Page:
Gilmore v. Evans et al

Filing 31

MEMORANDUM OPINION AND ORDER granting 25 Motion for Summary Judgment. Plaintiff's claims are dismissed without prejudice for failure to exhaust available administrative remedies as required by 42 U.S.C. 1997e(a). Signed by Magistrate Judge John C. Gargiulo on 6/21/2017 (wld)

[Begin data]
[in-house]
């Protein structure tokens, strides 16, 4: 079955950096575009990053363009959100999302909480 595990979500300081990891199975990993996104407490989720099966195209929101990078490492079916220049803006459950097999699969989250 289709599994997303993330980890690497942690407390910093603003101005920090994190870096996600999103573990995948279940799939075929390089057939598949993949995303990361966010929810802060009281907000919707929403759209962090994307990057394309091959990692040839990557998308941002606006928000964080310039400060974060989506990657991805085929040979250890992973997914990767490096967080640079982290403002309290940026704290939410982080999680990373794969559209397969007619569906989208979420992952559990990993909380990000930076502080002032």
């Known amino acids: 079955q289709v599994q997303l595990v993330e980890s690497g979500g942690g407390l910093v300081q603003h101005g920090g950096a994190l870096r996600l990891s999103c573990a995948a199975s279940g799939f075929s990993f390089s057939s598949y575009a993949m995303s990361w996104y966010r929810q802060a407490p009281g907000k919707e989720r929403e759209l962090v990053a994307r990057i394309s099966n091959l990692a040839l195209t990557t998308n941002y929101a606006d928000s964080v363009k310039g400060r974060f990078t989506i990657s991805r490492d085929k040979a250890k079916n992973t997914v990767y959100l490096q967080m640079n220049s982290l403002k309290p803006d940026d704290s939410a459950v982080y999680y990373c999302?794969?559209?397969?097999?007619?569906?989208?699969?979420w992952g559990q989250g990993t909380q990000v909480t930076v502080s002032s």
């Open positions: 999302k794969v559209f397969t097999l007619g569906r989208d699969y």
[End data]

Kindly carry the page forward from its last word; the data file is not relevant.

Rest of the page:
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IN THE UNITED STATES DISTRICT COURT FOR THE SOUTHERN DISTRICT OF MISSISSIPPI SOUTHERN DIVISION JERRY LYNN GILMORE, JR. V. PLAINTIFF CIVIL ACTION NO. 1:15-cv-247-JCG UNKNOWN EVANS et al. DEFENDANTS MEMORANDUM OPINION AND ORDER GRANTING DEFENDANTS’ MOTION FOR SUMMARY JUDGMENT BEFORE THE COURT is the Complaint filed pursuant to 42 U.S.C. § 1983 by Plaintiff Jerry Lynn Gilmore, Jr., a postconviction inmate in the custody of the Mississippi Department of Corrections (MDOC), who is proceeding pro se and in forma pauperis. Plaintiff alleges excessive force and violation of due process against Defendants, who are correctional officers at the South Mississippi Correctional Institution (SMCI). Defendants have filed a Motion for Summary Judgment (ECF No. 25), and the Motion has been fully briefed. An omnibus hearing, which also operated as a Spears hearing,1 was held on May 26, 2016. Having reviewed the submissions of the parties, the record, and applicable law, the Court finds that Defendants’ Motion for Summary Judgment should be granted. Plaintiff’s claims are barred because he failed to exhaust available administrative remedies before filing suit. Plaintiff furthermore states no claim for violation of due process. BACKGROUND In 2009, Plaintiff was convicted in the Circuit Court of Jones County, Mississippi, of selling cocaine. Gilmore v. Epps, No. 2:12cv44-KS-MTP, 2012 WL 1 Spears v. McCotter, 766 F.2d 179 (5th Cir. 1985). 3309000 at *1 (S.D. Miss. Aug. 13, 2012) (dismissing Plaintiff’s 28 U.S.C. § 2254 petition for habeas corpus). As a result, Plaintiff was sentenced to serve 30 years in the custody of MDOC. This suit concerns events at SMCI where Plaintiff was housed in May 2015. On May 24, 2015, Plaintiff received a rule violation report (RVR) for inappropriate sexual behavior and indecent exposure. When correctional officers responded to a fire started in an adjoining cell, Plaintiff was standing in his cell with his hand in his pants, allegedly masturbating. Officer Jones approached, opened Plaintiff’s cell door, sprayed Plaintiff in the face with chemical agent, and then closed the cell door. Plaintiff was taken to the infirmary approximately forty minutes later. According to Plaintiff, Captain Evans, and Officers Jones, Davis, and Lockhart took a detour to the receiving room as they escorted Plaintiff to the infirmary. In the receiving room, Officer Jones hit Plaintiff from behind with a radio. Captain Evans slapped Plaintiff across the head and threatened him with a prison shank. Officers Jones and Lockhart also hit Plaintiff. Plaintiff received a second RVR on May 24, 2015, for allegedly grabbing Officer Jones’ arm as she approached his cell. Plaintiff was convicted of both RVRs but argues that his due process rights were violated during the disciplinary process because the RVRs were not delivered and stamped properly, and because he was not allowed to call witnesses at the disciplinary hearing. 2 DISCUSSION A. Summary Judgment Standard Summary Judgment is mandated against the party who fails to make a showing sufficient to establish the existence of an element essential to that party’s case and on which that party has the burden of proof at trial. Fed. R. Civ. P. 56(e); Celotex Corp. v. Catrett, 477 U.S. 317, 322 (1986). A motion for summary judgment shall be granted “if the movant shows that there is no genuine dispute of material fact and the movant is entitled to judgment as a matter of law.” Fed. R. Civ. P. 56(a). In evaluating a motion for summary judgment, the Court must construe “all facts and inferences in the light most favorable to the non-moving party.” McFaul v. Valenzuela, 684 F.3d 564, 571 (5th Cir. 2012). B. Plaintiff did not exhaust available administrative remedies prior to filing suit 1. PLRA’s exhaustion requirement Under the Prison Litigation Reform Act (PLRA), Pub. L. No. 104-134, 110 Stat. 1321, H.R. 3019 (codified as amended in scattered titles and sections of the U.S.C.), prisoners are required to exhaust available administrative remedies prior to filing an action with respect to prison conditions: No action shall be brought with respect to prison conditions under [42 U.S.C. § 1983], or any other Federal law, by a prisoner confined in any jail, prison, or other correctional facility until such administrative remedies as are available are exhausted. 42 U.S.C. § 1997e(a). 3 The United States Supreme Court has held that § 1997e’s exhaustion “language is ‘mandatory.’” Ross v. Blake, 136 S. Ct. 1850, 1856 (2016). “[T]hat mandatory language means a court may not excuse a failure to exhaust, even to take [any special] circumstances into account.” Id. “[M]andatory exhaustion statutes like the PLRA establish mandatory exhaustion regimes, foreclosing judicial discretion.” Id. “The prison’s grievance procedures, and not the PLRA, define the remedies that are available and must thus be exhausted.” Cowart v. Erwin, 837 F.3d 444, 451 (5th Cir. 2016). The United States Court of Appeals for the Fifth Circuit takes a “‘strict’ approach to § 1997e’s exhaustion requirement, under which prisoners must not just substantially comply with the prison’s grievance procedures, but instead must exhaust available administrative remedies properly.” Id. (emphasis in original) (quotation omitted). Exhaustion “is a threshold issue that courts must address to determine whether litigation is being conducted in the right forum at the right time.” Dillon v. Rogers, 596 F.3d 260, 272 (5th Cir. 2010). “[J]udges may resolve factual disputes concerning exhaustion without the participation of a jury.” Dillon, 596 F.3d at 272. MDOC utilizes a “formal two-step process for handling inmate grievances.” Yankton v. Epps, 652 F. App’x 242, 245 (5th Cir. 2016) (citing Miss. Code § 47-5-801, et seq.; Wilson v. Epps, 776 F.3d 296, 300 n.2 (5th Cir. 2015)). “[T]o ensure their right to use the formal [ARP],” inmates “must make their request to the Adjudicator in writing within a 30 day period after an incident has occurred.” [Inmate Handbook, MDOC, ch. VIII, sec. IV.] They are, 4 however, discouraged from making repetitive requests and “are encouraged to continue to seek solutions to their concerns through informal means.” [See id.] Prior to the “first step” of this procedure, the Adjudicator screens the request to determine whether it meets specified criteria. [See id. at ch. VIII, sec. V.] If a request fails to meet that criteria, the Adjudicator will reject it and notify the inmate via Form ARP-1. [See id. at ch. VIII, sec. VI.] If the request meets the criteria, however, the Adjudicator will accept it into the ARP, and the request will then proceed to the first step. At the first step, the appropriate MDOC official receives the request via Form ARP-1 and provides a “first-step response” to the request via Form ARP-2. If the inmate is satisfied with this first-step response, he does not need to do anything further. If unsatisfied, however, the inmate may then proceed to the “second step” by indicating as much on the same Form ARP-2. At the second step, another appropriate MDOC official, such as a warden, provides the “second-step response” via Form ARP-3. If unsatisfied with the second-step response, the inmate may then bring a claim in court. [See Inmate Handbook, ch. VIII, sec. IV.] Id. 2. Plaintiff did not complete the ARP process Defendants’ threshold argument is that Plaintiff failed to exhaust administrative remedies with respect to all of his claims before filing suit. Plaintiff filed an ARP grievance on June 3, 2015, complaining that excessive force was used against him. (ECF No. 25-1, at 1). Warden Turner completed a first-step response, informing Plaintiff that his grievance was being taken seriously and would be thoroughly investigated. Id. at 6. Turner found, however, that there was probable cause for Officer Jones to deploy chemical agent. Id. 5 Plaintiff did not appeal the first-step response. Id. at 1. He did not proceed to the second step of the ARP process. As a result, Plaintiff failed to properly exhaust available administrative remedies prior to filing suit. Plaintiff’s claims are thus barred by 42 U.S.C. § 1997e(a) and must be dismissed without prejudice. C. Plaintiff fails to state a claim for violation of due process Because he was convicted of the two RVRs, Plaintiff was punished with a loss of privileges for one month, excluding exercise periods. (ECF No. 25-2, at 1-2). Plaintiff maintains that his due process rights were violated during the disciplinary process because the two RVRs were not delivered and stamped properly, and because he was not allowed to call witnesses at the disciplinary hearing. “The Fourteenth Amendment Due Process Clause protects persons against deprivations of life, liberty, or property; and those who seek to invoke its procedural protection must establish that one of these interests is at stake.” Wilkinson v. Austin, 545 U.S. 209, 221 (2005). A temporary loss of prison privileges that does not affect the duration of Plaintiff’s sentence does not implicate a liberty interest because this punishment does not represent “the type of atypical, significant deprivation in which a State might conceivably create a liberty interest.” Sandin v. Conner, 515 U.S. 472, 486 (1995); Luken v. Scott, 71 F.3d 192, 193 (5th Cir. 1995).2 See Nathan v. Hancock, 477 F. App’x 197, 199 (5th Cir. 2012) (holding placement in disciplinary segregation and change in custody status did not implicate liberty interest); Zamora v. Thaler, 407 F. App’x 802, 802 (“Punishments such as restrictions on visitation do not implicate due process concerns”); Luken v. Scott, 71 F.3d 192, 193 (5th Cir. 1995) (finding change in custodial status did not implicate due process concerns); Hernandez v. Velasquez, 522 F.3d 556, 562-63 (5th Cir. 2008) (“administrative segregation . . . being an incident to the ordinary life of a prisoner, will never be a ground for a constitutional claim”); Lewis v. Dretke, 54 F. App’x 795, 2 6 It is well settled that a prisoner has no constitutional right to have his grievances investigated in a certain manner, or for the investigating officers to reach a different conclusion. Taylor v. Cockrell, 92 F. App’x 77, 78 (5th Cir. 2004); Beall v. Johnson, 54 F. App’x 796, *1 (5th Cir. 2002); Hernandez v. Estelle, 788 F.2d 1154, 1158 (5th Cir. 1986). Plaintiff has failed to state a claim for violation of due process. CONCLUSION IT IS, THEREFORE, ORDERED AND ADJUDGED that Defendants’ Motion for Summary Judgment (ECF No. 25) is GRANTED. Plaintiff’s claims are dismissed without prejudice for failure to exhaust available administrative remedies as required by 42 U.S.C. § 1997e(a). A separate final judgment will be entered as instructed by Federal Rule of Civil Procedure 58. SO ORDERED, this the 21st day of June, 2017. s/ John C. Gargiulo JOHN C. GARGIULO UNITED STATES MAGISTRATE JUDGE *1 (5th Cir. 2002) (finding disciplinary restriction of privileges did not implicate liberty interest); Madison v. Parker, 104 F.3d 765, 768-69 (5th Cir. 1997) (holding inmate’s 30-day commissary and cell restrictions as punishment did not implicate due process concerns); Neals v. Norwood, 59 F.3d 530, 533 (5th Cir. 1995) (finding there is no protectable liberty interest in custodial classification); McGowan v. Peel, No. 3:06-cv-659-DPJ-JCS, 2007 WL 710154, *2 (S.D. Miss. Mar. 6, 2007) (“It is clear that the Plaintiff does not have a constitutional right to receive a certain custodial classification while incarcerated”). 7